NBA insider thinks LeBron will opt out of Lakers deal, seek no-trade clause

Mike Battaglino
4 Min Read
Vincent Carchietta-USA TODAY Sports

LeBron James has some significant decisions to make about his future following this season, and one prominent NBA insider said the Los Angeles Lakers superstar is likely to opt out of his current contract in order to get a no-trade clause.

“I think LeBron’s gonna opt out no matter what,” Brian Windhorst said. “And the reason I think he’s gonna opt out no matter what is even if he just signs back for one year, the only functional way for LeBron to get a no-trade clause is to sign a new contract. If he extends the contract he’s in or picks up that option, extends onto it, he can’t get a no-trade clause. And I think for a number of different reasons, LeBron would like, ask for and probably be granted a no-trade clause.”

The 39-year-old has a $51.4 million player option for the 2024-25 NBA season. Declining it would not necessarily mean he wants to leave the Lakers. In fact, the opposite is likely true as he wants the security of determining where he will finish his career, which currently is winding up its 21st NBA season.

It would be a status befitting one of the game’s greatest players. There reportedly is only one current NBA player who has a no-trade clause: Phoenix Suns guard Bradley Beal, who in fact waived it in order to be moved by the Washington Wizards this past offseason.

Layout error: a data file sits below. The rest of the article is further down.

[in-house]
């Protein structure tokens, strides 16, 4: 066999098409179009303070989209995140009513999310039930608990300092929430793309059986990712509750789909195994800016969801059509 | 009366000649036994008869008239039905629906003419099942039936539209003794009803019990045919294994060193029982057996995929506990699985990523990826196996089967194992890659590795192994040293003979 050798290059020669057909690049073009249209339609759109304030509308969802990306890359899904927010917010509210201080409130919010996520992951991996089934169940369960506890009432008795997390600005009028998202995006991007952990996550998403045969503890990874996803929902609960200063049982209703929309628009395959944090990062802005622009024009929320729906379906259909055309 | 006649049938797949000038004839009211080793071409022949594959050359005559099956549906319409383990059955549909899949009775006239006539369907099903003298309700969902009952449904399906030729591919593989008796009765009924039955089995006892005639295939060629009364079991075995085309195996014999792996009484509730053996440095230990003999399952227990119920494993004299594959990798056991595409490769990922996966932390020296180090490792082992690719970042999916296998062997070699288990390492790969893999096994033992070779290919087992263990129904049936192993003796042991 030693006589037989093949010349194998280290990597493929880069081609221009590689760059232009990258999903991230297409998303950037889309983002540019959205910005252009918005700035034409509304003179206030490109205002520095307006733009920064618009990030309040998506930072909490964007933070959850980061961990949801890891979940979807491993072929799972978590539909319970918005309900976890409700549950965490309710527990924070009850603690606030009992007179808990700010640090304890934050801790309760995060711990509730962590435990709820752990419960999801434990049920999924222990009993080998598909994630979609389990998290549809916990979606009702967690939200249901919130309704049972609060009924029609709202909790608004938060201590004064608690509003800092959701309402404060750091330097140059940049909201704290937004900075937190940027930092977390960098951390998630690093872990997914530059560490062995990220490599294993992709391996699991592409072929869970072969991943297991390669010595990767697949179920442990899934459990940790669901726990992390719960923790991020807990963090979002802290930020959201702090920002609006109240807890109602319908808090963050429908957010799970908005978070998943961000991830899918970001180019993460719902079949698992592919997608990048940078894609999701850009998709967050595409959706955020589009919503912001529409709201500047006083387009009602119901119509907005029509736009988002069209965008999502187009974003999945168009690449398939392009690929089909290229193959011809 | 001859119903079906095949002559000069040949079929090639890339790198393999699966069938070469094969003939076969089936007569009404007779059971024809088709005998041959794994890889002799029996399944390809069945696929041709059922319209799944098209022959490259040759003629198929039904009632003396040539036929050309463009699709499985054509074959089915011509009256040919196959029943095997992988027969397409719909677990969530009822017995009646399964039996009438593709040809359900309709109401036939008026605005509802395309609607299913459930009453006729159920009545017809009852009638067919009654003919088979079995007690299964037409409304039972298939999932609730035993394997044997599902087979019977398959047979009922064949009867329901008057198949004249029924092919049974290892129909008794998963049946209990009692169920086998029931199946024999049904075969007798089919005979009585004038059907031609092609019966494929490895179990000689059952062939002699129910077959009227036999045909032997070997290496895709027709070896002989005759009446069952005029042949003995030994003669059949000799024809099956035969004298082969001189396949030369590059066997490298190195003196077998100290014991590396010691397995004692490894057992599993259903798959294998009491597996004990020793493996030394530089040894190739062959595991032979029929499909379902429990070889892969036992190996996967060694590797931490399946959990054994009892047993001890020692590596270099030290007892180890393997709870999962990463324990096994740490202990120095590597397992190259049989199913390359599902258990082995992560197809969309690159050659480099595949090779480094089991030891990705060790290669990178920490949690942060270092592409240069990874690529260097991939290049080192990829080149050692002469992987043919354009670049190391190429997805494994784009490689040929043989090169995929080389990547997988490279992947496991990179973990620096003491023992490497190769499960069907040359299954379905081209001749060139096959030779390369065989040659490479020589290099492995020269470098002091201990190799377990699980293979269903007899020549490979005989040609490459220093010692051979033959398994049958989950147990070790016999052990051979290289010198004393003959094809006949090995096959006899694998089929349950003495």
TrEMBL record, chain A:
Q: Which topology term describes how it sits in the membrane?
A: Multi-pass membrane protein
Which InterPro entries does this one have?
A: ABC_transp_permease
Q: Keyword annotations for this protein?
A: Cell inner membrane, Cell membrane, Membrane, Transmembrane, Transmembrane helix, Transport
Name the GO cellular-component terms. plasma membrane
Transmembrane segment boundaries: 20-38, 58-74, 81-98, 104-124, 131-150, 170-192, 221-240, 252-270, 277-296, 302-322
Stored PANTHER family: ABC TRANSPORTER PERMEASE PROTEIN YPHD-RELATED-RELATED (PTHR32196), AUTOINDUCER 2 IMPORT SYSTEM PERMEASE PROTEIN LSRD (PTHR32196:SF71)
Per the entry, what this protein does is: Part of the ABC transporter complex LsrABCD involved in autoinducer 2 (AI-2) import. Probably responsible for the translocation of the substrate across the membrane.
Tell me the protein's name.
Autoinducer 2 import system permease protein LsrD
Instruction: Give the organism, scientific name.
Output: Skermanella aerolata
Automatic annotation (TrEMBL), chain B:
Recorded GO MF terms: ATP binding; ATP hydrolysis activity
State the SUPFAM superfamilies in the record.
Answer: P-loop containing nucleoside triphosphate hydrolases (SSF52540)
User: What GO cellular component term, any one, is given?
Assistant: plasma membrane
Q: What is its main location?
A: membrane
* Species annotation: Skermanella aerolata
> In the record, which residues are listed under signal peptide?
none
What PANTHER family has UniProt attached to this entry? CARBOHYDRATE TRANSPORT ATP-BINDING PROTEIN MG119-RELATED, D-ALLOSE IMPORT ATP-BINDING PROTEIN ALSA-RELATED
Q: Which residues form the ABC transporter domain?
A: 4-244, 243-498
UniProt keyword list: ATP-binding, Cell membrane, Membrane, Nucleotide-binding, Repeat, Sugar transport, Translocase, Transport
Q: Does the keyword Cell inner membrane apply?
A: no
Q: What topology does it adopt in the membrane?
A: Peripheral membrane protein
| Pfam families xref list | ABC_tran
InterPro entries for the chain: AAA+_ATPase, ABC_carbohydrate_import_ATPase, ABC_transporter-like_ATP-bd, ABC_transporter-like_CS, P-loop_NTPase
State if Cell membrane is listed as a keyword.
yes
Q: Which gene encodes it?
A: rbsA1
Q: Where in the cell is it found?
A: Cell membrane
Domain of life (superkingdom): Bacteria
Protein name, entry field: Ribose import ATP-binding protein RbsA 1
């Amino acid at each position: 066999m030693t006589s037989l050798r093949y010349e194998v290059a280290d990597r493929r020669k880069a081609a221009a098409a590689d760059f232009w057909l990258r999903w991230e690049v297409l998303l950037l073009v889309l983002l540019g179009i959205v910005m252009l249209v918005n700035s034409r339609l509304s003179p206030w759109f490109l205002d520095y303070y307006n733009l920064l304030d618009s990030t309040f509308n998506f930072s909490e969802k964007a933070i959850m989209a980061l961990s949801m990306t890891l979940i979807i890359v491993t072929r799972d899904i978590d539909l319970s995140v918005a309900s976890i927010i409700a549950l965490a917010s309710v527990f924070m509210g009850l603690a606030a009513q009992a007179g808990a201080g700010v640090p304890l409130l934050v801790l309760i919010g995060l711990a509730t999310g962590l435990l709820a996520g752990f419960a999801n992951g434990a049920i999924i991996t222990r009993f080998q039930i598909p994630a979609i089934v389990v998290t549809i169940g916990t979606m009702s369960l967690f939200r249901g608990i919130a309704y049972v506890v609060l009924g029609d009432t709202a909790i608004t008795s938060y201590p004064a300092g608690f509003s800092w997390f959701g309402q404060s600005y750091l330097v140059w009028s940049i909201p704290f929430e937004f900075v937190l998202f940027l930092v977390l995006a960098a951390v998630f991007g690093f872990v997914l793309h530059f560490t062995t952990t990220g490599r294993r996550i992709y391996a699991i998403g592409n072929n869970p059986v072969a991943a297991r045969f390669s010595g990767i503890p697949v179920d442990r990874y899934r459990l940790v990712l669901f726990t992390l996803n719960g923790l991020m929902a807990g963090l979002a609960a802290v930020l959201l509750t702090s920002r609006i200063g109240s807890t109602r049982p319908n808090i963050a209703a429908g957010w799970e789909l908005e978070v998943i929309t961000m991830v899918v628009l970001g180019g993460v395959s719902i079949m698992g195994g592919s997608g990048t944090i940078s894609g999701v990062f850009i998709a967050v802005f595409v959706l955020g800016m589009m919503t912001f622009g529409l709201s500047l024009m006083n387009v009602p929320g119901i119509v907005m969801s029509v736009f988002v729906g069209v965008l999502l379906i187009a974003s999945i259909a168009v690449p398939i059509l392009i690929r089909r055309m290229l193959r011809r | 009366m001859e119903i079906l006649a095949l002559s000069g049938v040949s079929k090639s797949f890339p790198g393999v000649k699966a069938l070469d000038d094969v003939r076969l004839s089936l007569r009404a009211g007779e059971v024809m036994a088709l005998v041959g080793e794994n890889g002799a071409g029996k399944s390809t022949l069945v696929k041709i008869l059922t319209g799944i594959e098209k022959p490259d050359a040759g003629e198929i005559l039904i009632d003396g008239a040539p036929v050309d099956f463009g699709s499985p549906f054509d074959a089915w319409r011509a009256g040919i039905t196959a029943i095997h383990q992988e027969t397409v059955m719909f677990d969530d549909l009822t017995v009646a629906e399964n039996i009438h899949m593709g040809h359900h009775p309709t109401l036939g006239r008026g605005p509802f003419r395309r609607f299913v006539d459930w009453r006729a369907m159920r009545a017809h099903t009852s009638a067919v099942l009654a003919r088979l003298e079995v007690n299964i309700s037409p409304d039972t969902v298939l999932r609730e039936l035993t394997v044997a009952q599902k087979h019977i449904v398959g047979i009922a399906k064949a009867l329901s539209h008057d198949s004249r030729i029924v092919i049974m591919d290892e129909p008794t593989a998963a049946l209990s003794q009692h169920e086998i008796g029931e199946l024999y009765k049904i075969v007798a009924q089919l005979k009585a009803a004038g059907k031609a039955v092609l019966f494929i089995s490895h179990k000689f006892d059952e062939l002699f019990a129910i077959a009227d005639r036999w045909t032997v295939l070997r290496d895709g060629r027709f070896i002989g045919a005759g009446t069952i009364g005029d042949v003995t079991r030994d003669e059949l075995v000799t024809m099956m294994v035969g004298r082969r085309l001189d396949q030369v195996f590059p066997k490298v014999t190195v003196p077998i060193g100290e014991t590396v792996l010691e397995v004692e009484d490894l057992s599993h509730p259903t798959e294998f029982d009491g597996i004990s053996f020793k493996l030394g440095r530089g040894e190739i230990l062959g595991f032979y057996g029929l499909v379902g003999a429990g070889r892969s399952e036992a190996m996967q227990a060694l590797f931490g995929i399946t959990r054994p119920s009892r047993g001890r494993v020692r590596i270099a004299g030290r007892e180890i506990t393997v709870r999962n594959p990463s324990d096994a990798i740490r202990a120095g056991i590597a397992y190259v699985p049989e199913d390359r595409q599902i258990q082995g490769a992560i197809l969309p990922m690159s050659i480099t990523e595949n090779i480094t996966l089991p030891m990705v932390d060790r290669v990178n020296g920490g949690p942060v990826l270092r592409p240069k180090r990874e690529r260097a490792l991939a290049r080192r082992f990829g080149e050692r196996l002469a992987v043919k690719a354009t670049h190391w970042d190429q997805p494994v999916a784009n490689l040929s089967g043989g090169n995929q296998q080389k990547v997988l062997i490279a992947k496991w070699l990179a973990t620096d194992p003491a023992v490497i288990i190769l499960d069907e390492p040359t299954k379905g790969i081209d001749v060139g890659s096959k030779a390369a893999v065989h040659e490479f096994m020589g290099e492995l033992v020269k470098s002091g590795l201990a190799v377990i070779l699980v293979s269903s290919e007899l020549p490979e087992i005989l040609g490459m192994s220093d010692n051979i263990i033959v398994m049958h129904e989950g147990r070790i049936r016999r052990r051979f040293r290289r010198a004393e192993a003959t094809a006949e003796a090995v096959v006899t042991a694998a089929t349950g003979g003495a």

Though James hinted at retirement briefly this season after also doing so after losing the 2023 Western Conference Finals last season, it looks like he will continue to play. A February report said he might be seeking a new nine-figure deal from the Lakers. In addition, his son Bronny recently declared for the 2024 NBA Draft, and the younger James would satisfy his father’s dream of the two playing in the NBA at the same time if he were to make it to the league.

The elder James continues to be among the league’s best even as the oldest active player in the NBA. He is averaging 25.4 points, 7.2 assists and 8.2 assists per game in his 68 appearances. The early-season idea that his playing time would be more closely managed and limited proved to be off the mark. Despite dealing with an ankle issue, he is averaging more than 35 minutes per game and has made more appearances than in any of his six seasons with Los Angeles.

The Lakers also are heading toward the postseason on a high note. They have won nine of their past 11 games and are in ninth place in the Western Conference with a 45-34 record. They are just 1.5 games out of sixth place and a guaranteed playoff position with three games to go, including Tuesday night against the Golden State Warriors.

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Mike is a veteran journalist who has covered the NBA for almost three decades. He remembers the birth of "Showtime" and has always admired the star power the Lakers have brought to the game.